For the "official" activities we set up centers like they have in kindergarten. We had four centers and opened them two at a time. The kids broke themselves into fluid groups based on interest which worked much better than my initial plan of dividing them into "teams".

At the Creation/Art Center we had baskets of materials and supplies: crayons yarn buttons fabric scraps tissue paper chalk cotton balls scissors toothpicks glue. We had coloring pages with winter themes such as mittens a snowplow and a skating scene on which they could also add fabric buttons and yarn. One of my older daughters taught kids how to make paper snowflakes. I attached blue yarn to them and we hung them over the doorway. Before they took them home I showed them how to pull on the yarn to create a flying or spinning snowflake. Some used the chalk on dark construction paper  to make "glowing scenes". Some built snow creatures out of the Styrofoam balls and toothpicks.

At the Dancing Station my oldest daughter a ballet student taught some basic moves played some Nutcracker music and then helped each group choreograph their own winter dance. Later the two groups put on a show for each other.

In the kitchen we had a Cooking Center where we made Rice Krispies treat snowballs. We rolled them into small medium and large and set them aside in three bowls for later.  Upstairs my husband ran the Story Time Center. We had several snowy themed books chosen but he ended up doing a dramatic reading of a favorite folktale "Three Perfect Peaches". Not everything has to fit a theme. This center designed as stall time while I cleaned up the cooking mess was a huge hit. 

We also had games including a snowball toss with the Styrofoam balls (which ended of course with a snowball fight) and an icicle catch where kids had to grab a marshmallow off a hanging string with their teeth. We had other games planned but the kids preferred making fake snow and doing the centers.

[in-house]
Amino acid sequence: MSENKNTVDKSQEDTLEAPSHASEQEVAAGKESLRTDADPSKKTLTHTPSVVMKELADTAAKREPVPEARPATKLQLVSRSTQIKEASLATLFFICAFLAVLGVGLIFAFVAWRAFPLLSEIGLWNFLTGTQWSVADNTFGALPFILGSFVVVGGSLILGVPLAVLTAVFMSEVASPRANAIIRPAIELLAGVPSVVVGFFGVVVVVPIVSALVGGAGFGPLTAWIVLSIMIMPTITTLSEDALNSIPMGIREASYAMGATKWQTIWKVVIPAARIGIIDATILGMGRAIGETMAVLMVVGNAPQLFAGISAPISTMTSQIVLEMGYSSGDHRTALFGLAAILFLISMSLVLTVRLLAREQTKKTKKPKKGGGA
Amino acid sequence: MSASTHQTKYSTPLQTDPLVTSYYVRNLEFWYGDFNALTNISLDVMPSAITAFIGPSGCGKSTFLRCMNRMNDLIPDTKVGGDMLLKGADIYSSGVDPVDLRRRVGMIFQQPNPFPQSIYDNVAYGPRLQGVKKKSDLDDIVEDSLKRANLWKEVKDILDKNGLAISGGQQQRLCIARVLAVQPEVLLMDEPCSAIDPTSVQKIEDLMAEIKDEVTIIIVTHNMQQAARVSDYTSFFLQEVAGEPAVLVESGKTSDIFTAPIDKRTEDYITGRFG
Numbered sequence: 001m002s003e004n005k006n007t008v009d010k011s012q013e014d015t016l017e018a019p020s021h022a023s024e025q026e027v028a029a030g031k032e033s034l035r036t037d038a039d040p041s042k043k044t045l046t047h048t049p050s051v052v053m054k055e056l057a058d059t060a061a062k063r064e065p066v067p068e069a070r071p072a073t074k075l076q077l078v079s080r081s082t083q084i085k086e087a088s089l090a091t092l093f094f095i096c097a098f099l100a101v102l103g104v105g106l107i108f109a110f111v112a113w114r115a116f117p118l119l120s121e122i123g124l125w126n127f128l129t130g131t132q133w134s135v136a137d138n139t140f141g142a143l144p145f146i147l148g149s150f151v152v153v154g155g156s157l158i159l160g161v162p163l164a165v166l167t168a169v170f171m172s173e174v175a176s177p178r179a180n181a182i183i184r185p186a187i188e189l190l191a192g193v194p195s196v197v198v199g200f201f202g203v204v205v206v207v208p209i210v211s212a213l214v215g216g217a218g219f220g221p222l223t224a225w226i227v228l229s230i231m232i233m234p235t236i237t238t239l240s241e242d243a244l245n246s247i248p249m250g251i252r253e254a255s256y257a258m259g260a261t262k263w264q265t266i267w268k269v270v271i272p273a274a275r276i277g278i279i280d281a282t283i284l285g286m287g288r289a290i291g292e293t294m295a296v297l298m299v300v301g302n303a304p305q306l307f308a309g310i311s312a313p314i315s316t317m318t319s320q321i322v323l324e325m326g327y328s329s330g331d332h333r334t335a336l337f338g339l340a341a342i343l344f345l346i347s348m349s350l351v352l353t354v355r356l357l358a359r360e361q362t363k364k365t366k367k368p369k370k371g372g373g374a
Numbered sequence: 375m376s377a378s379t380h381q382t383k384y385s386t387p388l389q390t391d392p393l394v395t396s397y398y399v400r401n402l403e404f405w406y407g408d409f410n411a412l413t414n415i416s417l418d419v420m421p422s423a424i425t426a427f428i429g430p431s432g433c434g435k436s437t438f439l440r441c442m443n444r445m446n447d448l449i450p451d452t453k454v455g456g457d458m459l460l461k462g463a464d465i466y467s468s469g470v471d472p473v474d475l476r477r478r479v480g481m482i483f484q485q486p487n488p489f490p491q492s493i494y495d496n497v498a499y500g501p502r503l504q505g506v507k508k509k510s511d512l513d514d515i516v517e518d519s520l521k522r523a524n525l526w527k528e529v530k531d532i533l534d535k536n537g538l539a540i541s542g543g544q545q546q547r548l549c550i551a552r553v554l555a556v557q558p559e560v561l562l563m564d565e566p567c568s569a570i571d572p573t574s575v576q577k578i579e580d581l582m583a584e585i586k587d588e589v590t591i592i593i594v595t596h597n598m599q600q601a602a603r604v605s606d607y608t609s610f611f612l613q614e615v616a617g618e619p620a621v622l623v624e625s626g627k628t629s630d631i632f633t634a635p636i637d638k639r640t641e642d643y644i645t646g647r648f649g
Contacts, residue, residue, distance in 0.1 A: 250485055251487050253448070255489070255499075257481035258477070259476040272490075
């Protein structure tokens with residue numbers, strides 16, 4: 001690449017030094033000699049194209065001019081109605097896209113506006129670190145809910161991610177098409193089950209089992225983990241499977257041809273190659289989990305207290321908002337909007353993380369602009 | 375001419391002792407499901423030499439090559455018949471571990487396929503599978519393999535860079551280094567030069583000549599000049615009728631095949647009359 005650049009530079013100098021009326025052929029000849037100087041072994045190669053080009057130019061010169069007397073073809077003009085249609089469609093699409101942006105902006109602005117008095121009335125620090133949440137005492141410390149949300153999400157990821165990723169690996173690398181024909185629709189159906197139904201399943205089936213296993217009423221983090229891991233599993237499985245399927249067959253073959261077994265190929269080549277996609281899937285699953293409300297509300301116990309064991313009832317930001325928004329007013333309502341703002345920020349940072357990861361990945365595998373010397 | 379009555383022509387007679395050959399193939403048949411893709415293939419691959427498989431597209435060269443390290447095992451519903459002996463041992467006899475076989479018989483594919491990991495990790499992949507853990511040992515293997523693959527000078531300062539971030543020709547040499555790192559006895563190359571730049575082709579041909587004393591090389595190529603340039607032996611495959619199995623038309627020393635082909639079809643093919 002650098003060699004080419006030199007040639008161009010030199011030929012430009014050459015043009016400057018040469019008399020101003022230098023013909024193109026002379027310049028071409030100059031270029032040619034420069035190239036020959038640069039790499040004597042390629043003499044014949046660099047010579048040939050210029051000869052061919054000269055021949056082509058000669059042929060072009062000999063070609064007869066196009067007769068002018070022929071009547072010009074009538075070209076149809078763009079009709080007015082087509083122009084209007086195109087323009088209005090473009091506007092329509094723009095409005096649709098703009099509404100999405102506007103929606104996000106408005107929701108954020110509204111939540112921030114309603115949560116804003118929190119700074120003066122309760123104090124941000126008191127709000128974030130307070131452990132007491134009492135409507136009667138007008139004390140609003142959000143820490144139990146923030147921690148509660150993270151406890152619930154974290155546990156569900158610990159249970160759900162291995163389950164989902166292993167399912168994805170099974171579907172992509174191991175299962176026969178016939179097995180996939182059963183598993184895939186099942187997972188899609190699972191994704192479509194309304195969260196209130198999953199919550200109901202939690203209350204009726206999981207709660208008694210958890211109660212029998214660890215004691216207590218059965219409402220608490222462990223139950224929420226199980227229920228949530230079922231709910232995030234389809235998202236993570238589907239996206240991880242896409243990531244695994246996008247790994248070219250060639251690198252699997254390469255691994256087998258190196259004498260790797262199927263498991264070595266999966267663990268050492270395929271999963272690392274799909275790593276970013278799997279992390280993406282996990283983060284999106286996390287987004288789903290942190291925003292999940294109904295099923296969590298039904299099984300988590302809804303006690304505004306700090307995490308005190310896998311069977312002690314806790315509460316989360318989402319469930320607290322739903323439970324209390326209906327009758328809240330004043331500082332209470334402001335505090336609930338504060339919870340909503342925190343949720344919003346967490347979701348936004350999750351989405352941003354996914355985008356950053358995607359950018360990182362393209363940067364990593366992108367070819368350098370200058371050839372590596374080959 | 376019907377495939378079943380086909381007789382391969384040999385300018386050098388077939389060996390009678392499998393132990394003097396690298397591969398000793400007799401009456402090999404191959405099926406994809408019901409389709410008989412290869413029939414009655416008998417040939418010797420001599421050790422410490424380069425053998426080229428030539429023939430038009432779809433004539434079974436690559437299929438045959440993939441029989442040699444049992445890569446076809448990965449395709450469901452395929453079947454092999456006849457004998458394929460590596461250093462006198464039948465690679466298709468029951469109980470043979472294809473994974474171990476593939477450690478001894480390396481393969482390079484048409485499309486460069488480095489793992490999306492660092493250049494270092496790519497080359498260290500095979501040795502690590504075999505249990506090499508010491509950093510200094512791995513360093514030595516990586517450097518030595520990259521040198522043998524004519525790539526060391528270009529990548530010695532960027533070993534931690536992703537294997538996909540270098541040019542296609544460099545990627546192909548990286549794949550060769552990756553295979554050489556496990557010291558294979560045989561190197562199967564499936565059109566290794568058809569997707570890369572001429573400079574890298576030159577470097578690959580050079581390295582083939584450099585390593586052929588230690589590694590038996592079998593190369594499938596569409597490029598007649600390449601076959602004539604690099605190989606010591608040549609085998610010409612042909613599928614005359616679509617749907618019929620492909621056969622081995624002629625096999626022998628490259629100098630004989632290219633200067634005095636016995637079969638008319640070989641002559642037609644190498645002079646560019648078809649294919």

Snacks: Snacks were simple. We had popcorn white cheese carrot sticks (snowman noses) and raisins (snowman eyes)  We were going to make smoothies but everyone was into the centers and I left well enough alone. We had milk and ice water to drink.

Cake: The cake was supposed to be an angel food cake decorated as a winter scene but last minute my daughter wanted just Rice Krispies treats (her brother had an all Rice Krispies treat cake at his recent party and she wanted the same). So while the kids were doing their dance performances I made seven snowmen out of Rice Krispies treat balls and toothpicks and arranged them on a silver platter scatted with mini powder sugar donuts. I put tiny candy dot eyes and mouths on them and a licorice piece for a top hat. Inside the holes of each licorice I stuck a candle. The "cake" was far more tippy than I had expected so we had to move quickly to singing Happy Birthday and blowing those candles out but it sure looked great. Then we brought out the small medium and large bowls of balls and white frosting and let each child assemble and eat their own snow creation.

Favors: The favors were in Chinese food boxes decorated with snowflake stickers. Each child got a bag of homemade cocoa mix from my famous recipe (you'll have to come over on a snowy day to get some!) a bag of mini marshmallows cocoa making instructions a homemade snowman kit of toothpicks and Styrofoam balls and some art creation items including stickers to continue creating on snow days at home. They took home their scarves and art also.

Thank You Notes: At my daughter's school the teachers send out a weekly K-News including photos over email so our thank you notes are going to be in the form of a "J-News" [daughter's first initial] including a personal photo of each child taken during the party.  I was pretty sick of real snow days by the time the party happened but this one was a blast.